If you're about to get married, are married, are pregnant, or want your girlfriend or wife to be pregnant, or want to be pregnant, or are thinking about having children now or sometime in the future, you might be wondering, how much does a child cost?
The answer is: it depends. The question—that is, how much does a child cost?—has multiple answers because there are multiple variables to consider before having children. It certainly would also help if you first researched the cheapest places to live.
Most people, when they ask, How much does a child cost?, are thinking of terms of money. That is, these people are wondering how much a hospital will cost, how much a midwife might cost, how much food is going to cost for a given year, how much medical expenses over a lifetime are going to cost, how much college educations or vocational training are going to cost, etc., etc.
The truth is, the cost of a child goes way beyond money. The real answer to the question is this: a child costs you yourself.
That's right: you are the cost.
When you decide to have a child, you've made a commitment to another being for the next 18 years or so. Are you ready to make such a commitment? Are you willing to raise the child according to loving, disciplined (but not punitive) principles? Are you really willing to give up areas of your own life to fulfill the needs of a child?
Children aren't pets, mind you. They're not like a goldfish that just needs to be fed once a day. A child needs love and attention. Daily. Constantly.
And along with these things come other things, too, like food, shelter, toys, books, medical exams—the works.
It's not cheap. On average, a child born in the 60s cost his or her parents, in terms of modern-day dollars, $100,000 or so, from the child's inception to his or her eighteenth year.
And with our economy the way that it is, and with things going the way that they're going, the monetary price of having a child is going to go up. And up. And up.
In addition, and perhaps even more formidably, the emotional costs of having a child are going to go up.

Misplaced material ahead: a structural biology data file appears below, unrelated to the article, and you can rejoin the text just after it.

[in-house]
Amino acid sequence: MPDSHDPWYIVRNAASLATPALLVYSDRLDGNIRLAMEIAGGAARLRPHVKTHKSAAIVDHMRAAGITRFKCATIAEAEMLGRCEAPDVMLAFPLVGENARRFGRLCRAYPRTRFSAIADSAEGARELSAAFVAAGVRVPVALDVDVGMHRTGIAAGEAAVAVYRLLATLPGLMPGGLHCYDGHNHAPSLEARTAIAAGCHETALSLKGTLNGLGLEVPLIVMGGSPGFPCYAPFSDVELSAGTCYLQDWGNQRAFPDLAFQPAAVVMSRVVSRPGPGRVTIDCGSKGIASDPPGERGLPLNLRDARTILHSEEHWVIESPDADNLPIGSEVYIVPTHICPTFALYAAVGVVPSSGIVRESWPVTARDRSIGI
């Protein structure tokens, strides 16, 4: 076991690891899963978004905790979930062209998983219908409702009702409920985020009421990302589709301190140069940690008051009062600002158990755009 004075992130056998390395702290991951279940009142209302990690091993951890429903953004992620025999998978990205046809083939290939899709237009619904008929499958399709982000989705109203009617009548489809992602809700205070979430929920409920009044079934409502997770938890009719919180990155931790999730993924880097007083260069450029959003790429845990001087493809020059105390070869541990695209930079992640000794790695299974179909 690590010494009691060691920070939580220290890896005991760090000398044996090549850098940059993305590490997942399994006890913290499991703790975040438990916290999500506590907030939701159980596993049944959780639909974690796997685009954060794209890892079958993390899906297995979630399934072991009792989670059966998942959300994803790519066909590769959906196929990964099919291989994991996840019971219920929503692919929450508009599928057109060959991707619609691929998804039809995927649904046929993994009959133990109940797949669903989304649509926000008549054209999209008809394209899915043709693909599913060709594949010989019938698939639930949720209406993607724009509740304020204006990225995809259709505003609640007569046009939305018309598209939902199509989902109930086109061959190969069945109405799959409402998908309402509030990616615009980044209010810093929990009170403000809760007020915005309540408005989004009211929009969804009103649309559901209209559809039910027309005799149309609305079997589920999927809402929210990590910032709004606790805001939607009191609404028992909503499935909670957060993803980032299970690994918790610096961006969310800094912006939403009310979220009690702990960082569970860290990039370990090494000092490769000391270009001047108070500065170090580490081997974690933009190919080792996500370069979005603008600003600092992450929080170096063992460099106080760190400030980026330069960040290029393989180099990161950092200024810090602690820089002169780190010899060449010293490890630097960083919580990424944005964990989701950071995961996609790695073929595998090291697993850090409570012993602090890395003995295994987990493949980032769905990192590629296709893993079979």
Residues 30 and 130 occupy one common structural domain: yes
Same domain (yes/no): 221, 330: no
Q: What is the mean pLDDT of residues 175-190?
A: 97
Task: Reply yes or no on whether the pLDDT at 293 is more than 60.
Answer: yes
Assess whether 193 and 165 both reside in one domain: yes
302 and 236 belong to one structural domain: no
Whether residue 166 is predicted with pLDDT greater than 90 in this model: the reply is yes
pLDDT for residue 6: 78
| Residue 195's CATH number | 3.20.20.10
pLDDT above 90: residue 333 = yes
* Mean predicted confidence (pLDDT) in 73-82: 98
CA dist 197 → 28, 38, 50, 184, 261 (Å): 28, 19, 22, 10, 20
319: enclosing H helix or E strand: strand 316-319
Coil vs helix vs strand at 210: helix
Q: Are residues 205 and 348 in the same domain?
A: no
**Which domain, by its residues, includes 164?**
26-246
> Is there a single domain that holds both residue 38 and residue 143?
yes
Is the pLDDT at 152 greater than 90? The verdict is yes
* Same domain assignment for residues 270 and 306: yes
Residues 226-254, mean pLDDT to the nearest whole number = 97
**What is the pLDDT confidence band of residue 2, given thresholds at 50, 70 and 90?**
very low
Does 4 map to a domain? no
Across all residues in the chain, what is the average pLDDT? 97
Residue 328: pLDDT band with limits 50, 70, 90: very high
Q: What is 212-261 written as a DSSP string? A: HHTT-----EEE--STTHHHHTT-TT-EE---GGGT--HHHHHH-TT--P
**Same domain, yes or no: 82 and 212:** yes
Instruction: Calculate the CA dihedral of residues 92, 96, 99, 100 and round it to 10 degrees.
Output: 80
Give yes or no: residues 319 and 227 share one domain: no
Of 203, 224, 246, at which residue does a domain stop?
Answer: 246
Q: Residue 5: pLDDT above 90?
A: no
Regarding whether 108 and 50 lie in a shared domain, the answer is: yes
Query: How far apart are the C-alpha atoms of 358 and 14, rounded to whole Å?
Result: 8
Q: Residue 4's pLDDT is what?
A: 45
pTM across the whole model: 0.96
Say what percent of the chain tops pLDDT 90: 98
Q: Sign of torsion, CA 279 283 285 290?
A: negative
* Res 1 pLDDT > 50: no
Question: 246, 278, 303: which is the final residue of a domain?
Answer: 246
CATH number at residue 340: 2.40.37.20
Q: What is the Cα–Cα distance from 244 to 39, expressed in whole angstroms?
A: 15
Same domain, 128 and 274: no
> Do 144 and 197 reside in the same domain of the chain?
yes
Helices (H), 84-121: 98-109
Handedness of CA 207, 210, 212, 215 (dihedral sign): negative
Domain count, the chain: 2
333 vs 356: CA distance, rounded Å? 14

Consider, too, the following before having a child:
• Is there the possibility that you might go through a divorce sometime in the future? If so, and if you have children, you (and this especially applies to men) might end up paying hefty amounts of child support.
• Does your family have a history of certain medical issues or problems? If, say, cystic fibrosis runs in your family, be aware that you might inadvertently be passing this fatal disease on to your children. Diseases like cystic fibrosis not only take a toll on the finances of a family, they also take heavy emotional tolls as well.
• Are you willing to allow your child to be educated in the public school system, a system that has been failing its students for decades and that has become more and more corrupt these past few years? If you answered no, then keep in mind that private schools, while providing excellent education, can also be cost-prohibitive. (A good alternative to public schools and private schools is homeschooling. But keep this in mind: homeschooling costs not so much money as it does time. Are you willing to spend that time accordingly, should you choose the homeschooling route?)
All in all, having a child and raising a child are going to cost you well over $100,000 in an 18-year span. If you're committed to the financial aspects of this, and, more important, the emotional ones, your own answer to the question—namely, How much does a child cost?—will more than outstrip any of the negatives in having or raising a child.
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